Or does the book attempt to work like the maze Navidson explores? Psychological references try to explain the true meaning of Navidson’s claims, treating these details as the maze of Navidson’s mind. I enjoyed reading the Navidson house storyline, and there was a touch of creepiness in the odd place, but anyone looking for a horror story may be hard-pressed to find it here. Truant’s descent into madness seems insubstantial, although the conclusion of the book, when we learn more about his mother from her own written word, left me questioning if he was always so inclined to a breakdown. Ultimately, I understand the love/loathe reactions. This book will mean different things to different people — lots to some, nothing to others. This has to be one of the most peculiar books I’ve read. ( )
  SharonMariaBidwell | Jun 14, 2024 |
Cool concept. Cringe writing. ( )
  trrpatton | Mar 20, 2024 |
I think of this less of a novel and more of art. It's not an easy read, but it was a faster read than I expected (this may be in part that some pages only have a few words or a paragraph on them). Still - it's not easy to describe. This is a book that will stay with you, which is both positive and negative (you'll understand once you read it). ( )
  SStewart89 | Feb 11, 2024 |
Viser 1-5 af 375 (næste | vis alle)
House of leaves by Mark Z. Danielewski runs to 710 pages: 13 pages of introduction, 535 of text, followed by three appendices and a 42-page, triple-column index.
tilføjet af KayCliff | RedigerThe Indexer, Hazel K Bell (Aug 4, 2009)
 
... let me say right off that his book is funny, moving, sexy, beautifully told, an elaborate engagement with the shape and meaning of narrative. For all its modernist maneuvers, postmodernist airs and post-postmodernist critical parodies, ''House of Leaves'' is, when you get down to it, an adventure story: a man starts traveling inside a house that keeps getting larger from within, even as its outside dimensions remain the same. He is entering deep space through the closet door.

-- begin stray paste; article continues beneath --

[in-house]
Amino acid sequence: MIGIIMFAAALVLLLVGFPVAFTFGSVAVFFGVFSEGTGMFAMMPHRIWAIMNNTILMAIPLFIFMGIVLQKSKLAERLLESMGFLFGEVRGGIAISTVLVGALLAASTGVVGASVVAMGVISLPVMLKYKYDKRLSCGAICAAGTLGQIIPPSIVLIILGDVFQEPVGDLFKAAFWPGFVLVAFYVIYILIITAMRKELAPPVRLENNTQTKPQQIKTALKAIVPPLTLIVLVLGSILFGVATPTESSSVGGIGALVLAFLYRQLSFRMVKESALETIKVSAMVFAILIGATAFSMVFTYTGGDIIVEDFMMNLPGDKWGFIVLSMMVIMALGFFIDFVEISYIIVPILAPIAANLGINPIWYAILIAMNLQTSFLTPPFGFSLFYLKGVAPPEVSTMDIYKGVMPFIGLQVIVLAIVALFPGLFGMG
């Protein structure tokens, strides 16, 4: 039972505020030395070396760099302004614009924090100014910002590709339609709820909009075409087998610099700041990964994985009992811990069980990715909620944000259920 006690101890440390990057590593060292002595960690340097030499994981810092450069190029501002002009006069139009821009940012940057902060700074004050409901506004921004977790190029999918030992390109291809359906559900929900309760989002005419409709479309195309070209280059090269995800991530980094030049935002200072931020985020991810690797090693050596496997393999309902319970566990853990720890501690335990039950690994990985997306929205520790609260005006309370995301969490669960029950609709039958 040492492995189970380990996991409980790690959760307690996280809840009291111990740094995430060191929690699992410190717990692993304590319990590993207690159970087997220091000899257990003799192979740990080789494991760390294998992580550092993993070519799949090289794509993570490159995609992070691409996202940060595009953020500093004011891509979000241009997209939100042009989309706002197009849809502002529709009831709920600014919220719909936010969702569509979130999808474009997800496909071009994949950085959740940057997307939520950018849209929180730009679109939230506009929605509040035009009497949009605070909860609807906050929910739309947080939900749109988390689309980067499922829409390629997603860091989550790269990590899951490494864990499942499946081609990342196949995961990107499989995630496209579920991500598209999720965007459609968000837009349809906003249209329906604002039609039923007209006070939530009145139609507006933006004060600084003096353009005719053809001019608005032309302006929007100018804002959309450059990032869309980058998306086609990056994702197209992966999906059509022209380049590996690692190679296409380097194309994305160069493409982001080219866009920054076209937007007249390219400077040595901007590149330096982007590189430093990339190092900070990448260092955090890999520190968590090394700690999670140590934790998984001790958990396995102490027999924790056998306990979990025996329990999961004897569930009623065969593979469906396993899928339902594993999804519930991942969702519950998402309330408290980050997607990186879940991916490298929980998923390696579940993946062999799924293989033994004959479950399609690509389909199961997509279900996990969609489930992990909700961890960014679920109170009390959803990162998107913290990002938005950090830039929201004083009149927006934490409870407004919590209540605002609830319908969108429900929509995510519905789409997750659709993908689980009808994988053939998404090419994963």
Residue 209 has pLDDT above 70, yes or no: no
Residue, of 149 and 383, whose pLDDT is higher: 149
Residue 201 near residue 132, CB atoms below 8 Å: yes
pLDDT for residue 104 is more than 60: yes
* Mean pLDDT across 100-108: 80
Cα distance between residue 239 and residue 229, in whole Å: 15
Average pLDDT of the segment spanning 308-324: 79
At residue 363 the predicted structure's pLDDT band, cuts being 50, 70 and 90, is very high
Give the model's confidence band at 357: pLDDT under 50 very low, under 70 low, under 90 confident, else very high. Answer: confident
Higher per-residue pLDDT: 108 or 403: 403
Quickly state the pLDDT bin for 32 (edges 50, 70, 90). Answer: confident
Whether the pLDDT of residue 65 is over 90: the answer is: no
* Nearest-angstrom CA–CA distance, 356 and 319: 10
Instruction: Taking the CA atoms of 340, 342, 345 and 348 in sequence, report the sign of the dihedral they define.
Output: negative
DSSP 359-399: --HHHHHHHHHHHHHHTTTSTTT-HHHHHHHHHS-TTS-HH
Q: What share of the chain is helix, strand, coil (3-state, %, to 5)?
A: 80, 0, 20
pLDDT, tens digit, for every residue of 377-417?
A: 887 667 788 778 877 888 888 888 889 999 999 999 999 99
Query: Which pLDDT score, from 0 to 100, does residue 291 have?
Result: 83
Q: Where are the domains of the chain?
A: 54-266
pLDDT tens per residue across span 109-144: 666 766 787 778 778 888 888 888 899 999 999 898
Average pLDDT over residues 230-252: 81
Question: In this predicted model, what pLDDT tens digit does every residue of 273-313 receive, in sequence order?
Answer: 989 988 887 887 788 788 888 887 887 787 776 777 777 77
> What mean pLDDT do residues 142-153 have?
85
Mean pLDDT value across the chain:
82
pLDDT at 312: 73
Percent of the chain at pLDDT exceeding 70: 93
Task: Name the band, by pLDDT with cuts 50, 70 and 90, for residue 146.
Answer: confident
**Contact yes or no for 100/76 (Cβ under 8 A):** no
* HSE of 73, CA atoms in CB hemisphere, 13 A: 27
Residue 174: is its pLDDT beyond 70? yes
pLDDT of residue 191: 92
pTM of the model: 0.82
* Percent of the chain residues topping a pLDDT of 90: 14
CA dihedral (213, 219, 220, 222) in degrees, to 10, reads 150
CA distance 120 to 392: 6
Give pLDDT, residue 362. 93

» Tilføj andre forfattere (22 mulige)

Forfatter navnRolleHvilken slags forfatterVærk?Status
Danielewski, Mark Z.primær forfatteralle udgaverbekræftet
Fuentecilla, EricOmslagsdesignermedforfatternogle udgaverbekræftet
Santen, Karina vanOversættermedforfatternogle udgaverbekræftet
Schuenke, ChristaOversættermedforfatternogle udgaverbekræftet
Vosmaer, MartineOversættermedforfatternogle udgaverbekræftet
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I still get nightmares. In fact I get them so often I should be used to them by now. I'm not. No one ever really gets used to nightmares.
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Ingen

A young family that moves into a small home on Ash Tree Lane where they discover something is terribly wrong: their house is bigger on the inside than it is on the outside. Of course, neither Pulitzer Prize-winning photojournalist Will Navidson nor his companion Karen Green was prepared to face the consequences of that impossibility--until the day their two little children wandered off and their voices eerily began to return another story: one of creature darkness, of an ever-growing abyss behind a closet door, and of that unholy growl which soon enough would tear through their walls and consume all their dreams. House of Leaves influenced, and was influenced by, the music of POE, Mark Z. Danielewski's sister. Her album Haunted includes many songs inspired by House of Leaves.